Album Review: Between the Buried and Me’s Automata II is Bizarre and Beautiful
Well, well, would you look at the time? It feels like only yesterday we were graced with Automata I, the first part of Between the Buried and Me’s double feature and now it’s time for the conclusion of yet another progressive epic from the masters themselves. In Automata I, we saw the protagonist of the album journeying through different realities that are actually his dreams being broadcast for all to watch as entertainment. At the end of AI, the protagonist wakes up from the system broadcasting the dreams, called the Voice of Trespass, and realizes everything he has experienced was fake. So how does AII follow up? Let’s take a look.
To start off, there should be absolutely no question that AII is damn good. After all, it’s BTBAM. But although it’s a great album, it’s going to take you more time to digest than AI because, to be blunt, AII is fucking bizarre even by progressive metal/BTBAM standards. There is all sorts of stuff I wasn’t expecting on a metal record, such as quick banjo interludes in “The Proverbial Below,” and even some scatting in “Voice of Trespass.” Although the whole point of progressive metal is to you know, progress, I found myself saying ‘what the fuck’ multiple times through my first listen, and then enjoying the seemingly organized randomness of it all in listens after. So this isn’t just copy/paste of any of their other albums or even of AII, it’s a beast of its own nature. Once again, it never ceases to amaze me that even sixteen years later, Between the Buried and Me still find new ways to push themselves into uncharted territory and keep their music fresh.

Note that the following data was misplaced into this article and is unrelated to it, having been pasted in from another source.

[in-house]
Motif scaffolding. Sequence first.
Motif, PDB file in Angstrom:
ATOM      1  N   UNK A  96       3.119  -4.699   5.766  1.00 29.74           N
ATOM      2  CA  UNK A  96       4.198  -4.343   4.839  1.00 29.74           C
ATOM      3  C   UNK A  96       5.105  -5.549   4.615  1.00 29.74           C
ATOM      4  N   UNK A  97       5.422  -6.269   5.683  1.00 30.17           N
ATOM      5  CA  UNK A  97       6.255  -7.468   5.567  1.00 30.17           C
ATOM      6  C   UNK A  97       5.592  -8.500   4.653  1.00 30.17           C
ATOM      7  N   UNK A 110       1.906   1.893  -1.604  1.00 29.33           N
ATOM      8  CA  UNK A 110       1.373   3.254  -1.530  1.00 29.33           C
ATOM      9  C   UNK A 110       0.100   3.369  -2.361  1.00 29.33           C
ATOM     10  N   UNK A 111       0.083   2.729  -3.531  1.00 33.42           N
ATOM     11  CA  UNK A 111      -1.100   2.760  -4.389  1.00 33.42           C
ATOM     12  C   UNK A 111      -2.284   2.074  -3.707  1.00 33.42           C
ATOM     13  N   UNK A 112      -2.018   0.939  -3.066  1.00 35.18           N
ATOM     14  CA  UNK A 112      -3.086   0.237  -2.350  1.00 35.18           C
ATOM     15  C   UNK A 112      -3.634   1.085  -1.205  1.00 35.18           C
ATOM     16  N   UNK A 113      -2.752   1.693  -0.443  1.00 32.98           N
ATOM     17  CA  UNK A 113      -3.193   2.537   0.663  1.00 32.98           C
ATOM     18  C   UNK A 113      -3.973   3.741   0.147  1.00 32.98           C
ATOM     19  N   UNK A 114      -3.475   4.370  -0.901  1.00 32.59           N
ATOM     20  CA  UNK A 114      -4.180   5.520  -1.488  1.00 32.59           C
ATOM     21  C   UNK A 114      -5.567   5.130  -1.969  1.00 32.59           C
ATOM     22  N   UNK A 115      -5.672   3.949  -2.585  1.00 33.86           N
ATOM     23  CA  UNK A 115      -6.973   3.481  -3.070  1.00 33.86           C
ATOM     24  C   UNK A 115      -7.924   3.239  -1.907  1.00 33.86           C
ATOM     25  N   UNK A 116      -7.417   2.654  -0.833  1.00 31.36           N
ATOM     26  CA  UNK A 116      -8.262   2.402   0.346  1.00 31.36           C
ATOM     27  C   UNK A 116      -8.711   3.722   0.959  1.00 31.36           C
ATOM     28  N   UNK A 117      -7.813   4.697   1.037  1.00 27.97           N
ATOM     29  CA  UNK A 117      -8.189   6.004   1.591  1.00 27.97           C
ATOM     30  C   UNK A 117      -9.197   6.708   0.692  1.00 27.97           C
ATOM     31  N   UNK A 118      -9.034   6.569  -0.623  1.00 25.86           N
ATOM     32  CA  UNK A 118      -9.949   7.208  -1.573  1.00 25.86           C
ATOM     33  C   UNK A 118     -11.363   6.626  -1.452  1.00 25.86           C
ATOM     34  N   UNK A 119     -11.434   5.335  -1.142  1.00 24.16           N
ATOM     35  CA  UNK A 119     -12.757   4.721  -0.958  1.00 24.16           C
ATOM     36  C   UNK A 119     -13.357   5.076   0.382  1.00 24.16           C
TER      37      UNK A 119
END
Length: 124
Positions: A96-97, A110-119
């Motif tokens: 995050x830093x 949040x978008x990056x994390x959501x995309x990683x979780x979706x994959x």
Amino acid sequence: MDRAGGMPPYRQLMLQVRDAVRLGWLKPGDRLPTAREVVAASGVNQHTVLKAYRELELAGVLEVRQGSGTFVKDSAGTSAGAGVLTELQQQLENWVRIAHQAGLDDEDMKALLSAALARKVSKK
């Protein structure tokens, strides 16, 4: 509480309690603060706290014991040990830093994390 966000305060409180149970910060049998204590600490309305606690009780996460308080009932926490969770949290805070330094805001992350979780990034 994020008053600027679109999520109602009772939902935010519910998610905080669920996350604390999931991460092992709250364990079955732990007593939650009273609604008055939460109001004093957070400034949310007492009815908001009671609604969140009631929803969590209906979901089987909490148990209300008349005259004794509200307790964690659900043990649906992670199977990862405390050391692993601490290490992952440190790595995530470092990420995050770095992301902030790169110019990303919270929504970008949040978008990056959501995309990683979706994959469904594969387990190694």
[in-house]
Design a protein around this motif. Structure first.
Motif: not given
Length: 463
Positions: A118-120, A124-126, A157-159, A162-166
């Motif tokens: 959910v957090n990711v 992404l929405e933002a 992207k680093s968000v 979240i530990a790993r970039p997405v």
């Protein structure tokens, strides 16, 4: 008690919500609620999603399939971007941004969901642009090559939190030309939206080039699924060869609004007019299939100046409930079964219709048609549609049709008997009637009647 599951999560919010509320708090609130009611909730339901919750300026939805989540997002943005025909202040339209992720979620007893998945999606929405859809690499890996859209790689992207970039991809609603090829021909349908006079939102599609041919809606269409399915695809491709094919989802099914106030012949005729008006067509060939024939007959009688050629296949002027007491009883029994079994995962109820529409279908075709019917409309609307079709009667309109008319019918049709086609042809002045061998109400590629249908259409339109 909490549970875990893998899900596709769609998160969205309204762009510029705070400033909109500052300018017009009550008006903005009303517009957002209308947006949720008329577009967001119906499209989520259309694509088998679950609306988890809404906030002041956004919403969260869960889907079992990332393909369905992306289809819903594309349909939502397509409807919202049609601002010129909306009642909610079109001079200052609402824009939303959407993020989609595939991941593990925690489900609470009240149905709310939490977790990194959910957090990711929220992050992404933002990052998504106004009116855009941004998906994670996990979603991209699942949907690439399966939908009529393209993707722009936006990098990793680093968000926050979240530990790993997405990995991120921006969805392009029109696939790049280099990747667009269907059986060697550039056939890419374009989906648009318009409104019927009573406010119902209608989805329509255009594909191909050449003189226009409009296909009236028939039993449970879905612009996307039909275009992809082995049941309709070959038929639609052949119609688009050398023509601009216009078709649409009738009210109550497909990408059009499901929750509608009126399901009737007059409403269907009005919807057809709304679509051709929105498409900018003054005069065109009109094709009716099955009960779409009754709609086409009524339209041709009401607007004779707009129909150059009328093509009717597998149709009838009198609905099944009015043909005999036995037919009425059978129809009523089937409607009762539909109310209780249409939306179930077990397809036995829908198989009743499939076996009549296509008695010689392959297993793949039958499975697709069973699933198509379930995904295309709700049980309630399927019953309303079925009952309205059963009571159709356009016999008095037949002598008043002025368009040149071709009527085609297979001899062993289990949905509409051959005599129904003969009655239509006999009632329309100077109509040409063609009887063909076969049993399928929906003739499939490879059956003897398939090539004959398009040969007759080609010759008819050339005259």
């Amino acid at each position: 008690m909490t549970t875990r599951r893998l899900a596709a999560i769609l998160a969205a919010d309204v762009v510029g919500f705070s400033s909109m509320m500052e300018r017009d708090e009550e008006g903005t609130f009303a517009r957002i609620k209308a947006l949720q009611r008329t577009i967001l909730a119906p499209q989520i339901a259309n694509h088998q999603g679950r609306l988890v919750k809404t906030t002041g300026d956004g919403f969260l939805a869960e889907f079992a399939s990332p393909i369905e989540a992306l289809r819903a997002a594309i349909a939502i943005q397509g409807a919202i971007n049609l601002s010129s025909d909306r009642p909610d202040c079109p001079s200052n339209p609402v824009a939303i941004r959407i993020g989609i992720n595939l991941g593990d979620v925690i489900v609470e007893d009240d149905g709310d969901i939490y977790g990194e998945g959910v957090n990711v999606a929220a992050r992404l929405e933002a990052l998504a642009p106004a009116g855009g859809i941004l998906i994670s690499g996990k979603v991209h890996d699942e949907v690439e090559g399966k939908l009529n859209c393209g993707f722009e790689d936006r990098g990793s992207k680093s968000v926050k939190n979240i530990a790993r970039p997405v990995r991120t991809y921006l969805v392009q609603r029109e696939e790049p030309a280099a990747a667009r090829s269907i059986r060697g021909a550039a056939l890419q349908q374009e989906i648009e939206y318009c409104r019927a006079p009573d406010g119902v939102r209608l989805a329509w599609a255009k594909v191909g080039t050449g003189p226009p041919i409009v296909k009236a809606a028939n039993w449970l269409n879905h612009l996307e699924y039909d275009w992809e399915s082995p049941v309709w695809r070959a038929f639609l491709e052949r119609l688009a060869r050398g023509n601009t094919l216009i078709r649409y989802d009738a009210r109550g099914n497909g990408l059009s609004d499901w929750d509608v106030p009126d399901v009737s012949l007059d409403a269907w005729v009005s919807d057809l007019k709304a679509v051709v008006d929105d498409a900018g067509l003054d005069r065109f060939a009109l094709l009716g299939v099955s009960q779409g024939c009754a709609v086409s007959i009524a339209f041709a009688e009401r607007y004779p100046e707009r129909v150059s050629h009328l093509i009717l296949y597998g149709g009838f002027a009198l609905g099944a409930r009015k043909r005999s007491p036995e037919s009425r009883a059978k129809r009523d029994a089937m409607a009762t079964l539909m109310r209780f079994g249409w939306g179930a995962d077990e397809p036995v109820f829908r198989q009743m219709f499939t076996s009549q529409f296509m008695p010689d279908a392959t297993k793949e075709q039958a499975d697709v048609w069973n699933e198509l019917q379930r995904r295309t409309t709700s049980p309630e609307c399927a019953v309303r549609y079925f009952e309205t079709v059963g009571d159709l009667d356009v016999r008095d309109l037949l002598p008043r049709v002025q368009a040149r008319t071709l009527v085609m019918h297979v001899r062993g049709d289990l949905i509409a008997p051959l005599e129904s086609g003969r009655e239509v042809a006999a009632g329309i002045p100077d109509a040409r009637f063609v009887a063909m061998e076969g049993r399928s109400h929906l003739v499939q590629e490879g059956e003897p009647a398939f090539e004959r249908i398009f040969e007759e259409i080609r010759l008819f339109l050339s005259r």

So even though AII has its bizarre moments — the one’s I mentioned previously, as well as all of “Glide,” which is definitely one of the more out-there songs BTBAM have written — it also continues the heaviness of AI, which will delight anyone who didn’t like the softer, dreamier Coma Ecliptic. I wouldn’t say that it’s quite as heavy as AI, but it still continues musically where it left off. “Voice of Trespass” is easily the highlight of the album, with its use of brass instruments that make it sound like it could be the soundtrack to a Sonic the Hedgehog casino level. I never thought I would be cool with there being scat in a metal song, but leave it to BTBAM to make me enjoy something I’ve hated for my whole life.
As far as the story of the album itself goes, the conclusion is logical with SPOILER ALERT: the protagonist going back into the dreamworld after finding his own version of peace, even though it isn’t real. At least that was my interpretation. However, unlike in past BTBAM albums, the main character doesn’t die this time around, and I believe this is the first time that has ever happened.
So what’s the final word? Just like anything else BTBAM have ever written, Automata II is fantastic. The only issue I have with both parts as a whole is that I’m just not sure that a double album was the right way to do this. Sure, Parallax was a double feature as well, but that was an EP and a 70-minute album, whereas Automata is roughly an hour of music cut in half. Now that both parts are out, this is a non-issue, however, it still just doesn’t make a ton of sense to me as to why BTBAM wouldn’t just release the whole product upfront since their albums are the audio equivalent of cinema. At the end of the day, it felt like getting a cheeseburger and having to wait on the fries and shake. Sure the burger might be the best one you’ve ever had, but the meal still isn’t complete without the rest of the food. If Automata were released as one album, I have no doubt that it would have gotten a perfect score. BTBAM’s music is made to listen to as a whole, rather than separate parts, so if they do a double album again, I hope they do it like Parallax instead.